Now after these things were finished, Paul purposed in the Spirit to go to Jerusalem after he had passed through Macedonia and Achaia, saying, “After I have been there, I must also see Rome.” And having sent into Macedonia two of those who ministered to him, Timothy and Erastus, he himself stayed in Asia for a while.

About that time there occurred no small disturbance concerning the Way. For a man named Demetrius, a silversmith, who made silver shrines of Artemis, was bringing no little business to the craftsmen; these he gathered together with the workmen of similar trades, and said, “Men, you know that our prosperity depends upon this business. You see and hear that not only in Ephesus, but in almost all of Asia, this Paul has persuaded and turned away a considerable number of people, saying that gods made with hands are no gods at all. Not only is there danger that this trade of ours fall into disrepute, but also that the temple of the great goddess Artemis be regarded as worthless and that she whom all of Asia and the world worship will even be dethroned from her magnificence.”

When they heard this and were filled with rage, they began crying out, saying, “Great is Artemis of the Ephesians!” The city was filled with the confusion, and they rushed with one accord into the theater, dragging along Gaius and Aristarchus, Paul’s traveling companions from Macedonia. And when Paul wanted to go into the assembly, the disciples would not let him. Also some of the Asiarchs who were friends of his sent to him and repeatedly urged him not to venture into the theater. So then, some were shouting one thing and some another, for the assembly was in confusion and the majority did not know for what reason they had come together. Some of the crowd concluded it was Alexander, since the Jews had put him forward; and having motioned with his hand, Alexander was intending to make a defense to the assembly. But when they recognized that he was a Jew, a single outcry arose from them all as they shouted for about two hours, “Great is Artemis of the Ephesians!” After quieting the crowd, the town clerk *said, “Men of Ephesus, what man is there after all who does not know that the city of the Ephesians is guardian of the temple of the great Artemis and of the image which fell down from heaven? So, since these are undeniable facts, you ought to keep calm and to do nothing rash. For you have brought these men here who are neither robbers of temples nor blasphemers of our goddess. So then, if Demetrius and the craftsmen who are with him have a complaint against any man, the courts are in session and proconsuls are available; let them bring charges against one another. But if you want anything beyond this, it shall be settled in the lawful assembly. For indeed we are in danger of being accused of a riot in connection with today’s events, since there is no real cause for it, and in this connection we will be unable to account for this disorderly gathering.” After saying this he dismissed the assembly.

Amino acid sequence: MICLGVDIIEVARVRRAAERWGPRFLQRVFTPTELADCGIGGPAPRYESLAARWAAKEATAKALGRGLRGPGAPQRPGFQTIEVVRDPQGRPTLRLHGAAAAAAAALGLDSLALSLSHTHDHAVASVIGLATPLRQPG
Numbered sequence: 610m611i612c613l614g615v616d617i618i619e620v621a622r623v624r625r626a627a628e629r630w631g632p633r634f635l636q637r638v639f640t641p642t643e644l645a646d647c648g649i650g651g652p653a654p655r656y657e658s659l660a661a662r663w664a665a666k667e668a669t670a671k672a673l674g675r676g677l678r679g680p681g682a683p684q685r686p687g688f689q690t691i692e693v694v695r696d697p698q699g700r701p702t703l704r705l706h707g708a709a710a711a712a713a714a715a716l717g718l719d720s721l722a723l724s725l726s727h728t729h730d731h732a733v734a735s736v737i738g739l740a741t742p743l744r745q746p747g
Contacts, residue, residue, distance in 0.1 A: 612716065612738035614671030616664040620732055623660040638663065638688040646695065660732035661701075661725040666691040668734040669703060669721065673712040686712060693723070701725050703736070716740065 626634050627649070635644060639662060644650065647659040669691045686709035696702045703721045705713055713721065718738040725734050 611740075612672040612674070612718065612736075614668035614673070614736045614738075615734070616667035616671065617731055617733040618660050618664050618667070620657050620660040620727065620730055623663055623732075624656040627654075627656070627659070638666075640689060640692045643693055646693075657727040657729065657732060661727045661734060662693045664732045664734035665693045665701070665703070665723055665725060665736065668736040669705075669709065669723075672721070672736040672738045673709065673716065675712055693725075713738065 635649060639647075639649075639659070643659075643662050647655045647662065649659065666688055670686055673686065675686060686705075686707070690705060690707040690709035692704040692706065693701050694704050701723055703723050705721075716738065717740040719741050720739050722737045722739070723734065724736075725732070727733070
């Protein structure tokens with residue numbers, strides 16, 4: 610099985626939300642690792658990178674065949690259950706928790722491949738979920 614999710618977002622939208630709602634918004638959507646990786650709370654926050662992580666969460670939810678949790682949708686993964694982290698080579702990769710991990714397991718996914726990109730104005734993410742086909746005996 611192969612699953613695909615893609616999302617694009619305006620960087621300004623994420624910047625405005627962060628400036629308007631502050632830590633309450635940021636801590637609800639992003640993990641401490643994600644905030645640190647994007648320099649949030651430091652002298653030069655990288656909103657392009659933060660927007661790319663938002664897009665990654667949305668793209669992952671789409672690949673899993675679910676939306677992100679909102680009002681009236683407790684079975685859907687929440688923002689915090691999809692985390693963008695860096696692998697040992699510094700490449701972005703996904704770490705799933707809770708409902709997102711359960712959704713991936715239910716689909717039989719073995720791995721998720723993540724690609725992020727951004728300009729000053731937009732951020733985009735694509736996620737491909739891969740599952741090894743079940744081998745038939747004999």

Acts 19:1-20 The Work of the Spirit in Ephesus

It happened that while Apollos was at Corinth, Paul passed through the upper country and came to Ephesus, and found some disciples. He said to them, “Did you receive the Holy Spirit when you believed?” And they said to him, “No, we have not even heard whether there is a Holy Spirit.” And he said, “Into what then were you baptized?” And they said, “Into John’s baptism.” Paul said, “John baptized with the baptism of repentance, telling the people to believe in Him who was coming after him, that is, in Jesus.” When they heard this, they were baptized in the name of the Lord Jesus. And when Paul had laid his hands upon them, the Holy Spirit came on them, and they began speaking with tongues and prophesying. There were in all about twelve men.

And he entered the synagogue and continued speaking out boldly for three months, reasoning and persuading them about the kingdom of God. But when some were becoming hardened and disobedient, speaking evil of the Way before the people, he withdrew from them and took away the disciples, reasoning daily in the school of Tyrannus. This took place for two years, so that all who lived in Asia heard the word of the Lord, both Jews and Greeks.